By Hendrik van der Breggen
(The Carillon, September 24, 2009)
Kalam Cosmological Argument
The kalam cosmological argument is an argument for God’s existence which has its origin in medieval Islamic philosophy and has been rejuvenated and defended by contemporary philosophers William Lane Craig and J. P. Moreland. Significantly, the argument can be used as part of a cumulative case argument for the existence of the Christian God.
Here is a sketch of the kalam cosmological argument:
· Main premise 1: The universe began to exist.
· Main premise 2: Whatever begins to exist has a cause.
· Sub-conclusion: The universe has a cause for its beginning.
· Further inferences: This cause has some attributes that are very suggestive of God.
Arguments in favour of main premise 1—that the universe began to exist—are based on (a) philosophy and (b) science. (a) Logico-philosophical problems associated with the existence of an actual infinite collection of past events point to a finite past. That is, an actual infinite collection of discrete parts implies logical contradictions, so an actual infinite past is not possible, so the universe has a beginning. (b) Scientific evidence points to a finite past. That is, according to standard big bang theory, the universe—i.e., all physical matter/energy, space, and time—had a beginning.
Arguments in favour of main premise 2—that whatever begins to exist has a cause—are based on (c) the rational intuition/insight that out of nothing nothing comes (think about it) and (d) our empirical experience that all things which begin to exist are caused to exist (as substantiated by science and everyday life).
From the truth of the two main premises, it follows logically that the sub-conclusion—that the universe has a cause for its beginning—is true too.
Now, from the sub-conclusion several inferences can be made quite reasonably.
Inference 1: The cause of the beginning of the universe is physically transcendent, i.e., immaterial. Why? Because in the beginning the cause brings all of the universe’s physical matter/energy and space into being in the first place.
Inference 2: The cause of the beginning of the universe is eternal in the sense of timeless. Why? Because in the beginning the cause brings about the beginning of time.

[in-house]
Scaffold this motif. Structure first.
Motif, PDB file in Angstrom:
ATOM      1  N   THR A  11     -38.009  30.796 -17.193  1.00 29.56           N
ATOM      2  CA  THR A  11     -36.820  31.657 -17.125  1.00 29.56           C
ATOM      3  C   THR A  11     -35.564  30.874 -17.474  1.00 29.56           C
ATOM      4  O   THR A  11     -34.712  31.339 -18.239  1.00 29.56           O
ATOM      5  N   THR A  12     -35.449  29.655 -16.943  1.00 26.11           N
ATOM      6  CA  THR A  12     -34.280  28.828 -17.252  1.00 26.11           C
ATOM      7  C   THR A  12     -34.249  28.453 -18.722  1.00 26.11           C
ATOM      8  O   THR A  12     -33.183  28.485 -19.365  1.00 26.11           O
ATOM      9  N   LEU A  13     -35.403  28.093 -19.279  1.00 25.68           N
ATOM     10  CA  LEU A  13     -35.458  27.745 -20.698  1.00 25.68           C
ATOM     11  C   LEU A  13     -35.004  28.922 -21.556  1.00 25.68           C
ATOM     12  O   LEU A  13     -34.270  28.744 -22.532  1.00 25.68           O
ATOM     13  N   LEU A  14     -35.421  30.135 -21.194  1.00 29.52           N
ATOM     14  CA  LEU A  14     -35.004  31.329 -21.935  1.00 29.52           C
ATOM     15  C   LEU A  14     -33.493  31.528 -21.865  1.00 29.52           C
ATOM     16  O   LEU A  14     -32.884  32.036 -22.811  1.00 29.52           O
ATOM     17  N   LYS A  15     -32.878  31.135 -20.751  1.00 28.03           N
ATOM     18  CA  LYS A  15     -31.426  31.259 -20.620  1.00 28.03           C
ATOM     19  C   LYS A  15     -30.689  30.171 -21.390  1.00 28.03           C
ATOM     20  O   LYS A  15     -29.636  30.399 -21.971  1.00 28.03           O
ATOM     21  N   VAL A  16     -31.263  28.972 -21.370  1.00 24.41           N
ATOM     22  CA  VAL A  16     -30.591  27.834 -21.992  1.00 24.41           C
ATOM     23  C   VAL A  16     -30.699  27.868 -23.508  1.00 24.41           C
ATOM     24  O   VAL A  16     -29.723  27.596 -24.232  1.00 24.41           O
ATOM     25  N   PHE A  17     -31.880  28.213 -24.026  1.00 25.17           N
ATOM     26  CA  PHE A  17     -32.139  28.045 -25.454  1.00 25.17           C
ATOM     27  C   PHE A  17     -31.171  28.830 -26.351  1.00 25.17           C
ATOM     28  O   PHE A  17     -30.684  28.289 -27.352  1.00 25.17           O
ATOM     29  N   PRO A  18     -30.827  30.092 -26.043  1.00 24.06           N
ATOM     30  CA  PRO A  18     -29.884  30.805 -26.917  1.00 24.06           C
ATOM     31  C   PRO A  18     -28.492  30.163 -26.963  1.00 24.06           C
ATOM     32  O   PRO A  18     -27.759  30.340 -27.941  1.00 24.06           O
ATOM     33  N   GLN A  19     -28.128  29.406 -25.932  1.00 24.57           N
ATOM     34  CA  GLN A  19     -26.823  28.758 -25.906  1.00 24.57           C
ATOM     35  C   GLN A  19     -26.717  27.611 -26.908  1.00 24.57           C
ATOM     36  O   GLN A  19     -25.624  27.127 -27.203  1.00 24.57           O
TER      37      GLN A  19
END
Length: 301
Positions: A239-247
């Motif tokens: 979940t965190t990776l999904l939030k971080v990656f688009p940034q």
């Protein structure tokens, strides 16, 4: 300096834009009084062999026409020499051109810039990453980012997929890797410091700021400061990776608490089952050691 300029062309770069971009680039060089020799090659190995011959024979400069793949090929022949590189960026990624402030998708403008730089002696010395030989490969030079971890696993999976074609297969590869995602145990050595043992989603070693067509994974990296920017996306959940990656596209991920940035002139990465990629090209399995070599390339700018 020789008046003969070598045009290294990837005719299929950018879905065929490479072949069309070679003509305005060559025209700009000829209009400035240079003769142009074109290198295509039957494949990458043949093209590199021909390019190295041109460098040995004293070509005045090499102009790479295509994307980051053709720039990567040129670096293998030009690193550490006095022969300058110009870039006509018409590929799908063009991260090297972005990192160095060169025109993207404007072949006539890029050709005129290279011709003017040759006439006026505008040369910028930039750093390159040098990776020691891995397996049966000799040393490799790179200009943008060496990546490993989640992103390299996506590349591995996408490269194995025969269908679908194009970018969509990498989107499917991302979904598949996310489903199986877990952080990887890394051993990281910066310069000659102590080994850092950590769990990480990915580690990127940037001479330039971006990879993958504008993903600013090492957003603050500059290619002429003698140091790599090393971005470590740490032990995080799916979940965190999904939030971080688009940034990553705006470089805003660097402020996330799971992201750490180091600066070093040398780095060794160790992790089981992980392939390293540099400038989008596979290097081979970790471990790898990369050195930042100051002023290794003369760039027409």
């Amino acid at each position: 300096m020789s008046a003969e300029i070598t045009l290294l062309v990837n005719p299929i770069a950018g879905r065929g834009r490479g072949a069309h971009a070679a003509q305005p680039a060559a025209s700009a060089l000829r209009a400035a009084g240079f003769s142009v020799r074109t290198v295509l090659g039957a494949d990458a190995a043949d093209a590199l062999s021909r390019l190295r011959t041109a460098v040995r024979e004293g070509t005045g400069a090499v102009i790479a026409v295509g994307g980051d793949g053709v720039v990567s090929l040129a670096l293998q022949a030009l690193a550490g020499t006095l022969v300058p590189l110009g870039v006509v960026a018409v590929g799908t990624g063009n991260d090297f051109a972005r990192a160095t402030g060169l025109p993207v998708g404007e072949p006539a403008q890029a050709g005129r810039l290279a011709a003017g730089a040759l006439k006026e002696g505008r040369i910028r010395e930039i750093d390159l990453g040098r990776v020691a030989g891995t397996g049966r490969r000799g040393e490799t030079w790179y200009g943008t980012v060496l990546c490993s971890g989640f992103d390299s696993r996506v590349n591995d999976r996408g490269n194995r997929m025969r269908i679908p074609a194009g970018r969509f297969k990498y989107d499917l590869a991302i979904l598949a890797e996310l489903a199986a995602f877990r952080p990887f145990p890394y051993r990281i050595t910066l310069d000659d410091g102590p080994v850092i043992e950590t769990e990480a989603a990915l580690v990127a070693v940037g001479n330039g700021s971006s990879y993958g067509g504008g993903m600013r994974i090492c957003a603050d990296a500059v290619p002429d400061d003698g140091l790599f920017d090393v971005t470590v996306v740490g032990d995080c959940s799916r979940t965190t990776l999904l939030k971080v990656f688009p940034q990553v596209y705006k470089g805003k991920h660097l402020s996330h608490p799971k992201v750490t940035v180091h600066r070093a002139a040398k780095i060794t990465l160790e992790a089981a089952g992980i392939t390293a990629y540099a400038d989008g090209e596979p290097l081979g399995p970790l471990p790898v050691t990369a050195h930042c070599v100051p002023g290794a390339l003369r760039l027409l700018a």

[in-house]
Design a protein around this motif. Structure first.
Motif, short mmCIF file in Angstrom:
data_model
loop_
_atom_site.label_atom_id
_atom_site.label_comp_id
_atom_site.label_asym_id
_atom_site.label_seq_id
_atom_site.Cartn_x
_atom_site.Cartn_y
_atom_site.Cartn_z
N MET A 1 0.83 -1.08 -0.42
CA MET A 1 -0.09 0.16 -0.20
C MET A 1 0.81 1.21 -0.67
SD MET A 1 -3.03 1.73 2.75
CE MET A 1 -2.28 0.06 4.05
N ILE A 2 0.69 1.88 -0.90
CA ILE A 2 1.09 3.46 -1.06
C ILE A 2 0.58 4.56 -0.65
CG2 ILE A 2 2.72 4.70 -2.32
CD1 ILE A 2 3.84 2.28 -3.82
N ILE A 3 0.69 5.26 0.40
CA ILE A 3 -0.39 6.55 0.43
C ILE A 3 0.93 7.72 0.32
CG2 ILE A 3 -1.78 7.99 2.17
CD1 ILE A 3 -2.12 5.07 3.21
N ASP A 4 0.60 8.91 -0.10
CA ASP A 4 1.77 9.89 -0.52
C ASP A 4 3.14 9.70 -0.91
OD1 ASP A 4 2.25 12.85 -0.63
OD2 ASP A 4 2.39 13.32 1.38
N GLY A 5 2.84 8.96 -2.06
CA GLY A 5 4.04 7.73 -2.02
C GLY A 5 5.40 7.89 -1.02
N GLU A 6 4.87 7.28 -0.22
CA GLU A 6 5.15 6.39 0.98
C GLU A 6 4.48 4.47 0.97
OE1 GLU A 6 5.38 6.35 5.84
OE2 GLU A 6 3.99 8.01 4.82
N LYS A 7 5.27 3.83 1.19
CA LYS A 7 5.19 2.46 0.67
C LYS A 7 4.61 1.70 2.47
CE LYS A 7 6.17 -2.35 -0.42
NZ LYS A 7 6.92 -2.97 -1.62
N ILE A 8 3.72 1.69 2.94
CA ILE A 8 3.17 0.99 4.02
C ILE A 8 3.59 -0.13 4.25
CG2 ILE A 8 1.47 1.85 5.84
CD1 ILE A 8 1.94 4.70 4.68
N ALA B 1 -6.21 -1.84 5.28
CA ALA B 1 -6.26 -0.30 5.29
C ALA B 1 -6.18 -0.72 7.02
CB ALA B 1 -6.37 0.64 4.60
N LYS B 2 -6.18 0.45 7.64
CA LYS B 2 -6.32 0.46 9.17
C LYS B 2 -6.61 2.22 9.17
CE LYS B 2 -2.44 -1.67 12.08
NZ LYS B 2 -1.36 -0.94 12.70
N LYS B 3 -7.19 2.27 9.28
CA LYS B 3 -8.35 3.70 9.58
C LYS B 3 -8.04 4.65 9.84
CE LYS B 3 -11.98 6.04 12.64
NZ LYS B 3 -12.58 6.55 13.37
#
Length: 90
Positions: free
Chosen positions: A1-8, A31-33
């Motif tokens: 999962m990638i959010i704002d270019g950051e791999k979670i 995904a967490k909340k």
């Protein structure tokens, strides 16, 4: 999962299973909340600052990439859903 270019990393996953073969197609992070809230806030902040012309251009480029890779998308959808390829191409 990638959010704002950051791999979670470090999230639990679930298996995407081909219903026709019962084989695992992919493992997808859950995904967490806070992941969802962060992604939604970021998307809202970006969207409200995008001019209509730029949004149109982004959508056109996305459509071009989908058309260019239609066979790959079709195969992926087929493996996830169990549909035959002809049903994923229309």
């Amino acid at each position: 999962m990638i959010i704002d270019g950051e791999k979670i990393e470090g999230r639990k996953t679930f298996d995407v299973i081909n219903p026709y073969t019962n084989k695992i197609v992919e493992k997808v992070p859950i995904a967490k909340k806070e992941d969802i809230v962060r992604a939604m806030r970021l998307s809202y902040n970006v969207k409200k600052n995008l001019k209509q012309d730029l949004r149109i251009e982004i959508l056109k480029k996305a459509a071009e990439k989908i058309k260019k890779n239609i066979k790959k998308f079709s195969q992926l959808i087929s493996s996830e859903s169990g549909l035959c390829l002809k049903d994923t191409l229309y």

Inference 3: The cause of the beginning of the universe is very powerful, if not all-powerful. Why? Because in the beginning the cause brings about the beginning of the universe.
To be sure, many objections have been raised to the above premises and inferences. Having taken several years to study these objections, I (and others much brighter than me) have come to the conclusion that the objections fail.
To gain a sense of the force of these objections and how they fail, here are two popular objections (aimed at main premise 2).
Objection 1: If everything has a cause, then the alleged God must have a cause, so if we’re going to arbitrarily stop with God, why not arbitrarily stop with the universe and skip God? This objection persuades many, but it commits the straw man fallacy (i.e., the mistake of misrepresenting the opponent’s position). The objection fails because it misrepresents main premise 2, which says whatever begins to exist has a cause, not everything has a cause. Also, we have evidence for the universe’s beginning, but we have no evidence for a beginning of the cause of the universe’s beginning.
Objection 2: In the quantum realm (the realm of the very small) we have evidence of uncaused beginnings when a quantum particle pops into existence in a quantum vacuum, so (so the objection goes) it’s not the case that whatever begins to exist has a cause. This objection seems persuasive, but it commits the fallacy of problematic premise (i.e., the mistake of using a false or otherwise faulty claim as a premise). The objection fails because the quantum vacuum is not nothing—it is, rather, a sea of energy—and so the particle’s coming into existence is embedded in a physically necessary set of causal conditions, which means that it does not come onto the scene causelessly.
Interestingly, the kalam cosmological argument makes it reasonable to think that a very powerful, physically transcendent, and timeless cause of the universe exists. This argument can be coupled with other evidence—for examples, the fine-tuning of the universe’s initial conditions, the language/code in DNA, the molecular machinery in the cell, the intrinsic worth of human beings, the peculiarity of human free will, the marvel of the human mind and its capacities (which go way beyond what’s needed for mere survival), plus, and most importantly, the historical evidence for Jesus’ life, death, and resurrection (as found in the New Testament)—and all of this adds up to a powerful cumulative case argument for the existence of the Christian God.
Yes, a leap of faith (i.e., belief and trust in Jesus Christ) is still required, but it needn’t be a blind leap.
(Hendrik van der Breggen, PhD, is assistant professor of philosophy at Providence College, Otterburne, Manitoba. The views in this column do not always reflect the views of Providence.)